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Title:Ecology of spring-migrating waterfowl within the lower Wabash River floodplain
Author(s):Hennig, Jacob
Advisor(s):Benson, Thomas J.
Department / Program:Natural Res & Env Sci
Discipline:Natural Res & Env Sciences
Degree Granting Institution:University of Illinois at Urbana-Champaign
Degree:M.S.
Genre:Thesis
Subject(s):abundance
aerial survey
behavior
dabbling ducks
detection
foraging
habitat
Illinois
Indiana
mallards
landscape
presence
repeatability
spring migration
Abstract:Spring migration is an understudied, but important time for waterfowl as conditions faced during this period may affect reproductive success. Therefore, increasing our understanding of waterfowl ecology during spring is vital for maintaining desired population levels. The Midwestern United States has lost much of its historical wetland habitat since European settlement, yet this area still contains habitat critical for many waterfowl species. The lower Wabash River floodplain, in southeastern Illinois and southwestern Indiana, has been anecdotally suggested to contain suitable habitat for large concentrations of migratory waterfowl, but currently lacks robust estimates of waterfowl use. Therefore, I designed and evaluated a grid-based sampling approach involving replicate counts to examine spatial and temporal trends of waterfowl use within the region. Furthermore, I explored how local habitats and landscape metrics influenced waterfowl behavior during this important time period. I estimated peak abundances of >300,000 and >700,000 ducks during early February in 2012 and 2013, respectively. The grid-based sampling approach proved effective for estimating waterfowl abundance in this region given its relatively precise estimates (mean CV < 0.30 for dabbling ducks), high repeatability of counts, and high detection probability (0.68). The presence of flood water and the amount of open water per site were the best predictors of dabbling duck presence while flood water and herbaceous wetlands were the strongest predictors of duck abundance. Dabbling ducks spent the majority of their time foraging (55%) with foraging rate greatest in emergent, open water, and agricultural habitats. The natural flooding regime of the Wabash River allows this area to provide ample high-quality habitat for large concentrations of waterfowl during spring. Given the juxtaposition of this region in relation to prime wintering and breeding grounds, the lower Wabash River floodplain appears to be important for migrating waterfowl. Conservation strategies should be developed to ensure that this region continues to provide high-quality stopover habitat. Actions should focus on enhancing existing wetlands as well as acquiring or restoring new wetlands to improve the overall quality of stopover habitat for spring-migrating ducks.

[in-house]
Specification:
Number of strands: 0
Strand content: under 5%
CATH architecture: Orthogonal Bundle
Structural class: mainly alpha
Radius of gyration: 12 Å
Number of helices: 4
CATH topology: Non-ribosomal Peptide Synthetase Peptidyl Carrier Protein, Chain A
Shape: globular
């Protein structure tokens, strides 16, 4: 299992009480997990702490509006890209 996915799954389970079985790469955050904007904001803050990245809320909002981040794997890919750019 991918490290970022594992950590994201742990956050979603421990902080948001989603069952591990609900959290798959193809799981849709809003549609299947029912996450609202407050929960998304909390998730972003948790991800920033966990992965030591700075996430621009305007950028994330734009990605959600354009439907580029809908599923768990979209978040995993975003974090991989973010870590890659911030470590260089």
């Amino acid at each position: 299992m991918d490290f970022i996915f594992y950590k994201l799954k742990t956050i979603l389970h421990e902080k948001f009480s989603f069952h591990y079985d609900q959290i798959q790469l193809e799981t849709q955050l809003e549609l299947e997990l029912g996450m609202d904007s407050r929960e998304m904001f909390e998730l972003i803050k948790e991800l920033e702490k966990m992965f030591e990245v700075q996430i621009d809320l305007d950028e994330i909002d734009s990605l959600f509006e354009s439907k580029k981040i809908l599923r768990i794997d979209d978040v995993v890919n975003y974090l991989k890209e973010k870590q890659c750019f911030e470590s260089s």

Issue Date:2014-09-16
URI:http://hdl.handle.net/2142/50444
Rights Information:Copyright 2014 Jacob Hennig
Date Available in IDEALS:2014-09-16
2016-09-22
Date Deposited:2014-08


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